Now it’s important to note here that when we talk about standard, we don’t mean a contractor will purposely do shoddy work. Rather it refers to the intricacy of the design, what speciality is required, and the quality of materials used.
Here’s the maths Alex uses when pricing for his own customers…
£1500/m2 new build areas
£800/m2 refurbished areas
Standard, high-quality build
£1650/m2 new build areas
£875/m2 refurbished areas
Premium quality build
£1800/m2 new build areas
£950/m2 refurbished areas
Cost guide for common projects
Knowing the potential square metre costs of a build is great for nailing down the details further down the line but what about in those early stages? When you’re just starting to consider what project is right for you, it’s often easier to understand price with some more general figures.
Luckily, Alex was able to go through with us some of the most common UK projects and what price tags you might expect.
Please note: these prices are based on projects completed to a high-quality finish and is skewed to the higher end, due to London premiums. Those outside the south of England could see costs half of the ones listed above. Talk to our team for a price tailored to your location and scale.
What affects prices?
Looking at the estimates above, you might be a little surprised by the numbers. Maybe you’ve seen cheaper estimates elsewhere on the internet. However, there are a few key details that many forget when costing their projects…
Rear extensions: though they seem straight-forward, many rear extensions also involve redeveloping the whole ground floor, which is reflected in the price above.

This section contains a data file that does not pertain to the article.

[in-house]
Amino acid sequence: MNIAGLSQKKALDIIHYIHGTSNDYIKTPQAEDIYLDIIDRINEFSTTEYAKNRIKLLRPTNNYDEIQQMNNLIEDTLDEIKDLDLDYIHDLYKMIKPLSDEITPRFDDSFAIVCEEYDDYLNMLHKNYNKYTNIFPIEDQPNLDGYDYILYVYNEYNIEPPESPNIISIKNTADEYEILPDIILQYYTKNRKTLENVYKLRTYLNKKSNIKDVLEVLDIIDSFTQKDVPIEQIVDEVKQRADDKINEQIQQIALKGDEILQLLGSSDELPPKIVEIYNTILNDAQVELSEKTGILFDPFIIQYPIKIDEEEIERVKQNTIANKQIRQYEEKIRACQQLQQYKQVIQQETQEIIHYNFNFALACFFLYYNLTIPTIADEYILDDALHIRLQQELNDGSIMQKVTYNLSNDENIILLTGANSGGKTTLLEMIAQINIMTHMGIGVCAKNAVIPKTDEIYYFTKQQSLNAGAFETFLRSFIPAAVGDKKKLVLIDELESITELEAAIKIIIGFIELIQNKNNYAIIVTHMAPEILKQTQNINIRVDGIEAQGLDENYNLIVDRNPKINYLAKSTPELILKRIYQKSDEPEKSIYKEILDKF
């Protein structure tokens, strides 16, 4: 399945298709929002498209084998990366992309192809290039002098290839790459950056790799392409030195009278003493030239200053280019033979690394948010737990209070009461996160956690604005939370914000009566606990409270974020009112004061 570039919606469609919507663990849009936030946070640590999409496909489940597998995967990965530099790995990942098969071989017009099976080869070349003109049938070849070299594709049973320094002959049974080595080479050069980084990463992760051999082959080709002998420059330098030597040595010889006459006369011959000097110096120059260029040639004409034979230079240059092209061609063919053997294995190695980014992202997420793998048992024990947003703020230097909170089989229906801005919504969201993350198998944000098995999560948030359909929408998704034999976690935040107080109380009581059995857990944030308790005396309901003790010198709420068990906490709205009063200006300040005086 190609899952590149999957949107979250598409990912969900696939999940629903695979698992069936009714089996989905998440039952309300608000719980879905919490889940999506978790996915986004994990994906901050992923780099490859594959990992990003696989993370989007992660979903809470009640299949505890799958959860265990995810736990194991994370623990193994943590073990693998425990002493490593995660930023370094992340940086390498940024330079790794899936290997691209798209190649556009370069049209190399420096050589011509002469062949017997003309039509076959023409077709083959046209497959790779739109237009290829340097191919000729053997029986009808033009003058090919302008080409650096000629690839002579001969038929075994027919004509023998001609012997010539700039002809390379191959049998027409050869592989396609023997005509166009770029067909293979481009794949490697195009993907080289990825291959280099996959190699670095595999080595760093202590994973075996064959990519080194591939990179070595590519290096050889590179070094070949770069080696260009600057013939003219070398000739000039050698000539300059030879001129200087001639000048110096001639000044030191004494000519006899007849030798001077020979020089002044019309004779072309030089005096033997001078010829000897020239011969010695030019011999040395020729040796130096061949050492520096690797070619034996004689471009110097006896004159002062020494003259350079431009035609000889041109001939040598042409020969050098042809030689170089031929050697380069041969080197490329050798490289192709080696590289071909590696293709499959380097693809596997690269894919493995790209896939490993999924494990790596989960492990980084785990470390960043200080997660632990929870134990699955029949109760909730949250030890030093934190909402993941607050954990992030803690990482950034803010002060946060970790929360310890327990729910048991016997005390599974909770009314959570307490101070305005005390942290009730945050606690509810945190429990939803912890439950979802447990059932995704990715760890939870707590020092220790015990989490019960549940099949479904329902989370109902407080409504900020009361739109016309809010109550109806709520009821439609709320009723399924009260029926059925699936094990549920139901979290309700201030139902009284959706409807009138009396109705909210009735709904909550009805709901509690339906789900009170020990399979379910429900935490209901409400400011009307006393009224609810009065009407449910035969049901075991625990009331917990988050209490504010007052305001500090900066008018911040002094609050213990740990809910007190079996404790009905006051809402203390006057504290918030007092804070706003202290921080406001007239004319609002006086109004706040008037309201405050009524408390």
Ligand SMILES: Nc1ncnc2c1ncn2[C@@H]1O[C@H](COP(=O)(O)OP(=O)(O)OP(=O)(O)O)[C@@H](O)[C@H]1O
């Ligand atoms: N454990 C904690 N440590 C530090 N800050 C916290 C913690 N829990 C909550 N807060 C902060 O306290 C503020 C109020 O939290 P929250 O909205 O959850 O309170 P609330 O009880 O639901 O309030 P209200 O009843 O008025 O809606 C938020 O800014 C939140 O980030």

Two-storey extension: just like a rear extension, a two-storey extension often involves the rest of the house needing work and, because of it’s size, this means redeveloping the whole home.
Other factors that affect your budget…
- Location, see above.
- Size, the more you build, the more it costs.
- Complexity, anything outside the norm will require more time and expertise.
- Glazing, the more glass you use will cost more in materials and from a structural perspective.
- Team used, one-man bands will be cheaper but come with risks.
Easy ways to make savings…
If you’re looking to cut down on costs, the most important thing to remember is the importance of a good build. Using a quality builder ensures you not only have the best chance of realising your ideas and getting them to a high standard but also this quality will help you secure the best price, should you resell your home in the future.
All too often, homeowners choose a cheap quote over a good builder and pay the price, those ‘too good to be true quotes’ often being just that. Either those low prices come from the builder misquoting and hitting you with out of the blue extras or your builder is undercharging and making up the difference by taking on more projects than they can handle, putting you at risk of serious delays or even their company going bust.
Learn more about choosing a good builder here.
If you do want to save money, consider these alternatives…
- Opt for recycled materials, rather than cheap alternatives.
- Cut back on your fittings, such as budget-friendly cabinets.
- Project manage the build yourself.
- Look into small DIY projects, such as fitting your own carpets or tiling.
- Avoid costly legal battles. Get your neighbour onside early on, have an architect manage your planning application, anything that will stop you being hit by red tape.
Considering your own project? Perhaps you’ve got planning but not sure where to go next? If so, don’t forget we provide free consultations, no matter what stage you’re at. This means you get the very best expert advice without the price tag. Book yours here.